How to Create a Cheerful Winter Landscape

Gardening
on December 23, 2014
How to Create a Cheerful Winter Landscape
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When winter descends upon us, it can seem as if everywhere we look is a landscape of bleak grays. Chase away some of the seasonal blahs by creating a cheerful winter landscape in your own yard. Adding evergreens, colorful shrubs and other foliage can bring out a bit of pizzazz during the winter.

Hardiness zones. Be sure to check the USDA Hardiness Zone Map when considering plants and shrubs for your winter landscape. The climate zone map can help you decide if a specific plant will grow and thrive in your area.

Boxwood. Considered “Man’s Oldest Garden Ornamental,” boxwood has about 90 species with an array of forms and foliage, according to the American Boxwood Society. American boxwood, an evergreen, does well in colder, northern areas. It does bloom in spring, but it is mostly recognizable for its dark green, waxy leaves. Boxwoods are great for lining a walkway or patio area. They also can be shaped into topiary pieces to add a unique visual element to your landscape.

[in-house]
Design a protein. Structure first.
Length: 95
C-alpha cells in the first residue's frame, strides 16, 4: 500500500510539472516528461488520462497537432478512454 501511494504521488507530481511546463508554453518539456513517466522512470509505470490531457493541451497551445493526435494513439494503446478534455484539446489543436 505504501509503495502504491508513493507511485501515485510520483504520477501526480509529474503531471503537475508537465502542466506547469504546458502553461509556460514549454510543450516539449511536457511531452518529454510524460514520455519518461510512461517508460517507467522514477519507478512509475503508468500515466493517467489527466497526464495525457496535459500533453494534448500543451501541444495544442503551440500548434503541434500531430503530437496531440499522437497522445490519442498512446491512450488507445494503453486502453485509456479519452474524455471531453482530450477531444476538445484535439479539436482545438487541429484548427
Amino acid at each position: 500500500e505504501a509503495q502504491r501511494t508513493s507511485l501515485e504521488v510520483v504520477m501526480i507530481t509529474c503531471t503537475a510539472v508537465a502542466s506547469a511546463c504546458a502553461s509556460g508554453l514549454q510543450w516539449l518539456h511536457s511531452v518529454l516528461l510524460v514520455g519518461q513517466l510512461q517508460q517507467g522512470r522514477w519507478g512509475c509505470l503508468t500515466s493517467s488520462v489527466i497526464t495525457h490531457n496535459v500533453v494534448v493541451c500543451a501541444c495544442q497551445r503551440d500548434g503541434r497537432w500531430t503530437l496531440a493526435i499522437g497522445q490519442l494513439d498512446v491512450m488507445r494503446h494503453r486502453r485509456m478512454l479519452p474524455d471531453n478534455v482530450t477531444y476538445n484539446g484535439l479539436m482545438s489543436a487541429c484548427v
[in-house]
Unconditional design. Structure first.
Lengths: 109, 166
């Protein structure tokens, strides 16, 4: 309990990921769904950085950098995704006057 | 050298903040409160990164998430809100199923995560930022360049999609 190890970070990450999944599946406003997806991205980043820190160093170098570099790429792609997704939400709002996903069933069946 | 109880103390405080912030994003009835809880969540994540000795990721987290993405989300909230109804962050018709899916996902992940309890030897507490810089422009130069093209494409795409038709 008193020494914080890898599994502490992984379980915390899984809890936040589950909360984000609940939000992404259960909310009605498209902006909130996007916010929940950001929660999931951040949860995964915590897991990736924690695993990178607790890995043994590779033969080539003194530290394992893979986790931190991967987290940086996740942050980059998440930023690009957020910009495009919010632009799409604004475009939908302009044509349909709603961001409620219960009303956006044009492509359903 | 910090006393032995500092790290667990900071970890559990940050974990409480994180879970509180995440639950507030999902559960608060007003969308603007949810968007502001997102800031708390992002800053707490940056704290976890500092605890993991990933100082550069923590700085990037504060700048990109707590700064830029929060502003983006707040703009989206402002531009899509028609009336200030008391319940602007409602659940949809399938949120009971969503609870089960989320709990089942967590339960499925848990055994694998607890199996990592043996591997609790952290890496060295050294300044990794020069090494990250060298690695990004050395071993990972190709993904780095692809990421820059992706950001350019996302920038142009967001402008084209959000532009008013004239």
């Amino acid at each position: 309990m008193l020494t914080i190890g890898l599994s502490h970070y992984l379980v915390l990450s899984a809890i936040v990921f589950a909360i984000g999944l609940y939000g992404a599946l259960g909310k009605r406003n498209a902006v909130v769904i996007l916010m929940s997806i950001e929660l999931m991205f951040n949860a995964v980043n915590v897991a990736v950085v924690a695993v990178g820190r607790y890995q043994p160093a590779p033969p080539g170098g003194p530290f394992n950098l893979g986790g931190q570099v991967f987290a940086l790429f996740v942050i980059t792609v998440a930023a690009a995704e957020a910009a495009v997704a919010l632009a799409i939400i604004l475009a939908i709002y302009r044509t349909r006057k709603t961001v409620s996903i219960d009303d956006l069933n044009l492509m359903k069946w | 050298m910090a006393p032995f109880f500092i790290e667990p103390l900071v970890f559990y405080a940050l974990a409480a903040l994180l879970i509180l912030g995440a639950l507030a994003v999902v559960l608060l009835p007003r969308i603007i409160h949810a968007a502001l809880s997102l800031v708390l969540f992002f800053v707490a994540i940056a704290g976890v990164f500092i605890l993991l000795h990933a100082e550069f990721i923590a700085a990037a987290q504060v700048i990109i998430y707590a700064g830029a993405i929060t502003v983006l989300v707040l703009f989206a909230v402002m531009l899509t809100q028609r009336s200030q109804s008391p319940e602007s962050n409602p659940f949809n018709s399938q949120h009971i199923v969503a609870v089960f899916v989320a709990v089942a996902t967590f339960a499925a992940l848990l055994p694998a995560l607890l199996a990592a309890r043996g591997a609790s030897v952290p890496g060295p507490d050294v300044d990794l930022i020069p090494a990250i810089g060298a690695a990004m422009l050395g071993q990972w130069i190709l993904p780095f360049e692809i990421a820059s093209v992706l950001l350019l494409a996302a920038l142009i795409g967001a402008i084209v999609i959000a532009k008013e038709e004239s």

Shrubby dogwoods. Three types of dogwoods can offer color to your winter landscape. The bloodtwig, the redosier and the Tatarian dogwood each boast colorful stems, which add a splash of color to the gray tones of winter. The bloodtwig boxwood has woody stems of red and grows in hardiness zones 4 to 7. According to the USDA Plant Guide, the bark and twigs of the redosier dogwood are reddish to purple from autumn to late spring. It grows in zones 2 to 7. The Tatarian dogwood also has stems of red, but its foliage is green with white trim. It grows in zones 3 to 7.

Holly. Evergreen hollies are diverse, ranging in size, leaf shape and berry color. Holly berries can add a splash of color in shades of red, orange and yellow. Holly can be grown up to zone 7 for English Holly and zone 6 for American Holly, according to the USDA.

Ornamental kale. Ornamental kale, a bedding plant, loves the cooler seasons. Jimmy Turner, director of Research at the Dallas Arboretum, reports that fall kale transplants are usually green. However, the kale’s bright colors will appear after the first hard frost. For the best color, plant your ornamental kale in full sun and fertilize for continued growth. It will grow well in zones 7 to 11.

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